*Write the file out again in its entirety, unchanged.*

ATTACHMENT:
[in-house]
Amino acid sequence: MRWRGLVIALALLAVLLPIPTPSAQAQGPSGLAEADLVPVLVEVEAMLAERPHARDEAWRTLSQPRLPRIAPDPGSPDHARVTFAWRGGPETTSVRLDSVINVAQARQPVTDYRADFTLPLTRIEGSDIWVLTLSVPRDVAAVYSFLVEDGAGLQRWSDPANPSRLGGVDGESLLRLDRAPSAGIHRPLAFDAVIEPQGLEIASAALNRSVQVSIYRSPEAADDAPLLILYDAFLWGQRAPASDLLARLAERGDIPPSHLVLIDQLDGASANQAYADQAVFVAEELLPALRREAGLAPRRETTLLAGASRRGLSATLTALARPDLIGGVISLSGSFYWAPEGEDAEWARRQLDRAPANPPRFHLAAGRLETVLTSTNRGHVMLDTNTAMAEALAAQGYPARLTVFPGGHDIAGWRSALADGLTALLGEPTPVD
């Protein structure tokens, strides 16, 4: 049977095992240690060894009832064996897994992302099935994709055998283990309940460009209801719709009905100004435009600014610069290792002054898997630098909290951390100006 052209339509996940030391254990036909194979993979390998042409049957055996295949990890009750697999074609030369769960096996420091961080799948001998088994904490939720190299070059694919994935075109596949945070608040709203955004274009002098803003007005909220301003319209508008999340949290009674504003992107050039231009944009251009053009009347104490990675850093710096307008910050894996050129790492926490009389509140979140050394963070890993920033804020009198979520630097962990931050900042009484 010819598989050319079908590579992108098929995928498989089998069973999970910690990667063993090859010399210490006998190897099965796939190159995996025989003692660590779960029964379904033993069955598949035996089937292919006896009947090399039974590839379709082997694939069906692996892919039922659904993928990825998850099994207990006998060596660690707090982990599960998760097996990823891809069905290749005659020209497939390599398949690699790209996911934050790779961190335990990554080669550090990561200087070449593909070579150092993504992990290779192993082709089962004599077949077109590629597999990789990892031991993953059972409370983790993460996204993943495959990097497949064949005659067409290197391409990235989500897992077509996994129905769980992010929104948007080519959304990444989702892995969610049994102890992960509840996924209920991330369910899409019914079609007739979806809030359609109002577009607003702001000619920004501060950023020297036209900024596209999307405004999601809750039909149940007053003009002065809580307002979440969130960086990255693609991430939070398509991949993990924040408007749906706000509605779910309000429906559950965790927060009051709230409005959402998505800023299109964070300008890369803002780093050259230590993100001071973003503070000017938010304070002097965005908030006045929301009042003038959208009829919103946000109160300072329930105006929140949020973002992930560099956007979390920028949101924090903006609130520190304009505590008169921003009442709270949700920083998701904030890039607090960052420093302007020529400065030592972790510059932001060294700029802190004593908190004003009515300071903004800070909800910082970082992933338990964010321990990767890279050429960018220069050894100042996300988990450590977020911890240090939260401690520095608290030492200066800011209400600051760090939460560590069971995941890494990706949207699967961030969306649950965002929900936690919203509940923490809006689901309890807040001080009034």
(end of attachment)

[in-house]
Amino acid sequence: MRWRGLVIALALLAVLLPIPTPSAQAQGPSGLAEADLVPVLVEVEAMLAERPHARDEAWRTLSQPRLPRIAPDPGSPDHARVTFAWRGGPETTSVRLDSVINVAQARQPVTDYRADFTLPLTRIEGSDIWVLTLSVPRDVAAVYSFLVEDGAGLQRWSDPANPSRLGGVDGESLLRLDRAPSAGIHRPLAFDAVIEPQGLEIASAALNRSVQVSIYRSPEAADDAPLLILYDAFLWGQRAPASDLLARLAERGDIPPSHLVLIDQLDGASANQAYADQAVFVAEELLPALRREAGLAPRRETTLLAGASRRGLSATLTALARPDLIGGVISLSGSFYWAPEGEDAEWARRQLDRAPANPPRFHLAAGRLETVLTSTNRGHVMLDTNTAMAEALAAQGYPARLTVFPGGHDIAGWRSALADGLTALLGEPTPVD
């Protein structure tokens, strides 16, 4: 049977095992240690060894009832064996897994992302099935994709055998283990309940460009209801719709009905100004435009600014610069290792002054898997630098909290951390100006 052209339509996940030391254990036909194979993979390998042409049957055996295949990890009750697999074609030369769960096996420091961080799948001998088994904490939720190299070059694919994935075109596949945070608040709203955004274009002098803003007005909220301003319209508008999340949290009674504003992107050039231009944009251009053009009347104490990675850093710096307008910050894996050129790492926490009389509140979140050394963070890993920033804020009198979520630097962990931050900042009484 010819598989050319079908590579992108098929995928498989089998069973999970910690990667063993090859010399210490006998190897099965796939190159995996025989003692660590779960029964379904033993069955598949035996089937292919006896009947090399039974590839379709082997694939069906692996892919039922659904993928990825998850099994207990006998060596660690707090982990599960998760097996990823891809069905290749005659020209497939390599398949690699790209996911934050790779961190335990990554080669550090990561200087070449593909070579150092993504992990290779192993082709089962004599077949077109590629597999990789990892031991993953059972409370983790993460996204993943495959990097497949064949005659067409290197391409990235989500897992077509996994129905769980992010929104948007080519959304990444989702892995969610049994102890992960509840996924209920991330369910899409019914079609007739979806809030359609109002577009607003702001000619920004501060950023020297036209900024596209999307405004999601809750039909149940007053003009002065809580307002979440969130960086990255693609991430939070398509991949993990924040408007749906706000509605779910309000429906559950965790927060009051709230409005959402998505800023299109964070300008890369803002780093050259230590993100001071973003503070000017938010304070002097965005908030006045929301009042003038959208009829919103946000109160300072329930105006929140949020973002992930560099956007979390920028949101924090903006609130520190304009505590008169921003009442709270949700920083998701904030890039607090960052420093302007020529400065030592972790510059932001060294700029802190004593908190004003009515300071903004800070909800910082970082992933338990964010321990990767890279050429960018220069050894100042996300988990450590977020911890240090939260401690520095608290030492200066800011209400600051760090939460560590069971995941890494990706949207699967961030969306649950965002929900936690919203509940923490809006689901309890807040001080009034």